As for phoning home - yes, it takes time and it's a bit of a pain, but it pays dividends in the long run. And you can always sit yourself in the lotus position and have twinky twonky whale song relaxation music in the background, no one will know. SLT can't chase you (sssssshhhh..... I'm on the phone to a parent). Go for the three worst students in the class.

    Also, remember to cut your losses sometimes. If the kids are so hyper that you can't make yourself heard, then think of activities which will calm them down. Reading. Copying. Watching. I'm not a big fan of these because they are often passive and the students won't learn very much, but they create a calm atmosphere and then you can simply say 'when I ask you to move, I want you to put your books away and sit very quietly for a moment while I explain the next task.'

    I think the reason teachers often struggle with this is that we feel we should always be in control. What if someone walked in and found I was unable to manage my students? But the skill of classroom management is winning the war, not the battle.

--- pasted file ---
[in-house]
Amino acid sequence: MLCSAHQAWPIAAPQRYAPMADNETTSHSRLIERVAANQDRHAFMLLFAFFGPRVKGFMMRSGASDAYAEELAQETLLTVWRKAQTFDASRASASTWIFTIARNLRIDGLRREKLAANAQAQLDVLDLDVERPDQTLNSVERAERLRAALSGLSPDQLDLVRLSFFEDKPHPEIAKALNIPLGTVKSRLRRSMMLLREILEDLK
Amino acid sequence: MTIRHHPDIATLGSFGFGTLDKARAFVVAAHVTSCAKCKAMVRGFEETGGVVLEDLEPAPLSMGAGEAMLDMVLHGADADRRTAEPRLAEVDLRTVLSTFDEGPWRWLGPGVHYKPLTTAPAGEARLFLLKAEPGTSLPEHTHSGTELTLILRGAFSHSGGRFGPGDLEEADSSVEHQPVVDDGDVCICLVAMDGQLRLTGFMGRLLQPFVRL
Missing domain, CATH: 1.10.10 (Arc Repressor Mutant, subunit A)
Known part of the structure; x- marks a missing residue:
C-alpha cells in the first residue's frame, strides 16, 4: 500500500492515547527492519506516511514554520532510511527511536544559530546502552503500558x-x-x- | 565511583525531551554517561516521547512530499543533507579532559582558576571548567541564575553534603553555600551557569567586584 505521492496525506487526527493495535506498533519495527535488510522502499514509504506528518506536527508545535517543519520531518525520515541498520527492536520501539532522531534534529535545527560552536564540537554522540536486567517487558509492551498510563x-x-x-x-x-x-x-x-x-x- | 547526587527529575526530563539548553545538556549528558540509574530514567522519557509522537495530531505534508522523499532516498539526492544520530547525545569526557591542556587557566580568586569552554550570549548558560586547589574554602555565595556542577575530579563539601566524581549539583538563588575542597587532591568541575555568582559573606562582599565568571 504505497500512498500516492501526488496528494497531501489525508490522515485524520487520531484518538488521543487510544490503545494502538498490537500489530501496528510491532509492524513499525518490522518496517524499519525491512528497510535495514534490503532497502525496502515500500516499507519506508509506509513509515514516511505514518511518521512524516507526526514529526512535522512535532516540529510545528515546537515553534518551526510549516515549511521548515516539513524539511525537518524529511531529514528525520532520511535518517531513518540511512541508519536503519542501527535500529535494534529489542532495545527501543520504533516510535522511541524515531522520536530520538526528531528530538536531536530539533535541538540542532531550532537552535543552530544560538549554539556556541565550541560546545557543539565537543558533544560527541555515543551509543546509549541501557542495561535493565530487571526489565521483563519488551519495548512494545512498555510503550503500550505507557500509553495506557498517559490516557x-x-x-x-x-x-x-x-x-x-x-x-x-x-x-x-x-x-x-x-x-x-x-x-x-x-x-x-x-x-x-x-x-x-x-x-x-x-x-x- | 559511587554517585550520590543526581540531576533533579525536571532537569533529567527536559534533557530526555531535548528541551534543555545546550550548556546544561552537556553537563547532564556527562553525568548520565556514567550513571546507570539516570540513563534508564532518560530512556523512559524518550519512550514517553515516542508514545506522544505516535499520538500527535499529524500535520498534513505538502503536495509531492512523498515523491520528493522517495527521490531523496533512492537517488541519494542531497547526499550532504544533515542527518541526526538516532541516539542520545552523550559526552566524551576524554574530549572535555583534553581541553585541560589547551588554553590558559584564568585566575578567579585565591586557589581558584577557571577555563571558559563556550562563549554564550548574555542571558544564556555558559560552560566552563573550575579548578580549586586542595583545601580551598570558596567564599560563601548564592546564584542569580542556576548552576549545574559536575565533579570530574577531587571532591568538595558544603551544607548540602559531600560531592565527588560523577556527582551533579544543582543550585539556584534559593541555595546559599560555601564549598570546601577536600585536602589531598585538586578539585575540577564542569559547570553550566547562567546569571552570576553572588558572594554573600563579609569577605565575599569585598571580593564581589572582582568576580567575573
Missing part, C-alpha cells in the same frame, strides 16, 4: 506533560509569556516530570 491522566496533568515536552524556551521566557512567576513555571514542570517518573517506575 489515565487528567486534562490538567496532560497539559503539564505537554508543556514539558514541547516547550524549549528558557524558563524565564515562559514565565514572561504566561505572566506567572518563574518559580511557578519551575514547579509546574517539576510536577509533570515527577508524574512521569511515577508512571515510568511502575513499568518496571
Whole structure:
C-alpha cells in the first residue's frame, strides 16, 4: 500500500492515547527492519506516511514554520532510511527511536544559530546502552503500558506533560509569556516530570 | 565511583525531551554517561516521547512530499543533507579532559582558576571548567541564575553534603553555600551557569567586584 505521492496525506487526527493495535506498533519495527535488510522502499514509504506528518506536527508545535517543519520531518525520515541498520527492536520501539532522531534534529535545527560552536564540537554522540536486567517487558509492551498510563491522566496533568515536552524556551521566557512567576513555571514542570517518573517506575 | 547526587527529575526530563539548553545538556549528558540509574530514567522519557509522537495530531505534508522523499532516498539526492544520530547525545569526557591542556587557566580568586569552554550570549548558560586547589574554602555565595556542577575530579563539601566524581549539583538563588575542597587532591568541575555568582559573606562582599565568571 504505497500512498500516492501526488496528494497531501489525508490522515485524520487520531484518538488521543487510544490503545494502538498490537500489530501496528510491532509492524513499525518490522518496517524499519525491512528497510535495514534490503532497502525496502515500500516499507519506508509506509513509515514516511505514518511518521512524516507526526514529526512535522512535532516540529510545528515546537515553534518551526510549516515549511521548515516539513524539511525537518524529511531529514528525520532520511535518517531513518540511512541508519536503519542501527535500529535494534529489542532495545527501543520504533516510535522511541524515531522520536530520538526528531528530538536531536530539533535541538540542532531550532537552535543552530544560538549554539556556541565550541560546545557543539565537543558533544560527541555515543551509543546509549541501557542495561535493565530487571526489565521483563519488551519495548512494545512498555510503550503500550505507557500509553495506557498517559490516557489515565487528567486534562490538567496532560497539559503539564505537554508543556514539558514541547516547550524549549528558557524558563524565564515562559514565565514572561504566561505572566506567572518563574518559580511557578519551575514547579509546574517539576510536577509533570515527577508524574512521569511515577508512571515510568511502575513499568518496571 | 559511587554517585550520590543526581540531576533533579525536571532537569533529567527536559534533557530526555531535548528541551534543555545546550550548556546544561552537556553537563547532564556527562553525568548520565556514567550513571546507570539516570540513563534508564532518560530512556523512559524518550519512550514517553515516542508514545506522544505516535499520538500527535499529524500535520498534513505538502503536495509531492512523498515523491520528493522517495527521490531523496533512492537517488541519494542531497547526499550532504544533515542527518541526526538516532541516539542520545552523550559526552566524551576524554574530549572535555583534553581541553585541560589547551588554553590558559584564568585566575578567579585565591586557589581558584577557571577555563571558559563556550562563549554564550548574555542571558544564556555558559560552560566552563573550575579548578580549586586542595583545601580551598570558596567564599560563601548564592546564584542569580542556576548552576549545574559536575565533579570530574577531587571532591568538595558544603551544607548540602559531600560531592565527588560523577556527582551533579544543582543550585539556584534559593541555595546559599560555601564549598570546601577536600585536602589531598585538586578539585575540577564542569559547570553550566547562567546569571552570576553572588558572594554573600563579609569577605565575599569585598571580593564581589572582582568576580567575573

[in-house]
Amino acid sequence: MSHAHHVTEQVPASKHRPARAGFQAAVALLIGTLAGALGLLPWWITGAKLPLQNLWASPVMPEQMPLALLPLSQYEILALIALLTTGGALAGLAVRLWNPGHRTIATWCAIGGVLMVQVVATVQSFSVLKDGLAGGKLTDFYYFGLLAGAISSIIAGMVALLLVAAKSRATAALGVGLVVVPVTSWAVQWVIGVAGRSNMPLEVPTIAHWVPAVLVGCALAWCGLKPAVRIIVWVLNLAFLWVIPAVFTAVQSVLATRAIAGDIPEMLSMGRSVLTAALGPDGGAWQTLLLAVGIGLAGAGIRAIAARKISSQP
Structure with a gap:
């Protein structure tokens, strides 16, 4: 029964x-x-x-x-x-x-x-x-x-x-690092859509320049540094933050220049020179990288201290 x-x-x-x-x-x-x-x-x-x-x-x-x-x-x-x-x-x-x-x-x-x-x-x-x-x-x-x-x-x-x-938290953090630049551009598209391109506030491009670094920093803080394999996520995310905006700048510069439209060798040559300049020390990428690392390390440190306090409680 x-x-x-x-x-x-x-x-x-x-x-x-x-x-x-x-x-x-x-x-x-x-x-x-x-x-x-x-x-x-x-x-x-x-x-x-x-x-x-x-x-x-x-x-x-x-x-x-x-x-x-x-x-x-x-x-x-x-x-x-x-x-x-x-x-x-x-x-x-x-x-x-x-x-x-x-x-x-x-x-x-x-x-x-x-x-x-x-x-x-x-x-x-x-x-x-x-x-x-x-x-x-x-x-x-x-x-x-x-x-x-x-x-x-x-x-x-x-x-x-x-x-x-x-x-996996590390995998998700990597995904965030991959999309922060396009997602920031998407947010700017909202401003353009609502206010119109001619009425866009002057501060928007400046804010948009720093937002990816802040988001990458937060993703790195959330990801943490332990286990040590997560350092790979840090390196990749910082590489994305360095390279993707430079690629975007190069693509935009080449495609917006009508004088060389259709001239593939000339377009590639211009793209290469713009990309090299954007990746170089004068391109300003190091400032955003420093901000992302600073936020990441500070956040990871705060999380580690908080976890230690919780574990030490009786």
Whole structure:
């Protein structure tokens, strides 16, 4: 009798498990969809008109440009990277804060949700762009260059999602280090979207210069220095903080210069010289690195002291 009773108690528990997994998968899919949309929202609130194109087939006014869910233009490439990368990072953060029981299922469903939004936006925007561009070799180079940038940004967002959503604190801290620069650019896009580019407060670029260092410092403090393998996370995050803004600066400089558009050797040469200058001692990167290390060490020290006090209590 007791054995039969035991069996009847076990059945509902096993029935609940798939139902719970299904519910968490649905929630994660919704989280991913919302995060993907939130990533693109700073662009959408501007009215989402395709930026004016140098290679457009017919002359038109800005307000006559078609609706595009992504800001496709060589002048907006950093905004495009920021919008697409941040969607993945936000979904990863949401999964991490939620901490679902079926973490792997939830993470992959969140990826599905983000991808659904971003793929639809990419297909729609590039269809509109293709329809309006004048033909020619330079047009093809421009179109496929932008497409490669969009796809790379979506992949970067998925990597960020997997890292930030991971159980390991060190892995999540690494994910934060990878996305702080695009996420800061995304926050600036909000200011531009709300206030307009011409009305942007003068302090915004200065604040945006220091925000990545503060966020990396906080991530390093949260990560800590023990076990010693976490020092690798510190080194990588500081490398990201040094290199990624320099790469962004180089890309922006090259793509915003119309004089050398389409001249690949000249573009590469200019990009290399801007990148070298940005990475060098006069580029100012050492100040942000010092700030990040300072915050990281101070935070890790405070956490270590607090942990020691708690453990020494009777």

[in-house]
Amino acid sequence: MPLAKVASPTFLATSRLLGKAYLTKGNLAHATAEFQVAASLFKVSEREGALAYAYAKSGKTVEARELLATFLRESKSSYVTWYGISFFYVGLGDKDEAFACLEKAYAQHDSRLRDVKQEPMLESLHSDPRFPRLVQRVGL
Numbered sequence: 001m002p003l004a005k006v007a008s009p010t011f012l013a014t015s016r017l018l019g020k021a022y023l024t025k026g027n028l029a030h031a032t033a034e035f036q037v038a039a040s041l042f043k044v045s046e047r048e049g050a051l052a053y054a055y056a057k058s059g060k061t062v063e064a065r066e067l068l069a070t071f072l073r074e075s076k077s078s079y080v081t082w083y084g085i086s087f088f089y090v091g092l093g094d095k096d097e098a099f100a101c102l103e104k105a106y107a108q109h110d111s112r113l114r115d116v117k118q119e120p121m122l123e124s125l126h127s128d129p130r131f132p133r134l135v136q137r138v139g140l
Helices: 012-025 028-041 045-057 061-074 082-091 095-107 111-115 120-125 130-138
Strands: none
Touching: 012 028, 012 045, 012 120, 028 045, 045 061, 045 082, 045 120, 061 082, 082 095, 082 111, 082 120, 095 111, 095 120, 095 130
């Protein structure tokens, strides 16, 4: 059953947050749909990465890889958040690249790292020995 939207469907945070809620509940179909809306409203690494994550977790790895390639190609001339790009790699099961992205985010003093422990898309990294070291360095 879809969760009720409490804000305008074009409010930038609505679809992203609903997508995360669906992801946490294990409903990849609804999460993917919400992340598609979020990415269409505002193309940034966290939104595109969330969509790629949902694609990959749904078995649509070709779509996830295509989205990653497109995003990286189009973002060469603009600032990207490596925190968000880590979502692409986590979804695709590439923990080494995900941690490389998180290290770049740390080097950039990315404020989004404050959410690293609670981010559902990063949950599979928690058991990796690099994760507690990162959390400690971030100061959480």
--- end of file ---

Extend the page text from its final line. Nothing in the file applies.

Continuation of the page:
pepper5 likes this.
  13. ferretmasta

    ferretmasta New commenter

    Shouting as a default definitely not the best idea. Water off a ducks back is correct for some kids and if it doesn't work what next?! Except my Mrs I've yet to meet anyone with an unlimited decibel level who never needs to pause for breath.

    Speaking deliberately quietly can help I've even told students I've got a bad throat to go for the sympathy vote with albeit mixed results.

    Being positive definitely a good default. I regularly ask for quiet several times whilst each time saying please. Then when they are all quiet throw in a stock phrase for example "you're all very polite intelligent young people and I've asked 3 times for quiet and said please on each occasion. It's very unfair to be disrespectful when someone has shown you such good manners. Now please listen."

    And always remember you won't win them all so smile and keep your teaching professional game face on at all times, even if you're gritting your teeth.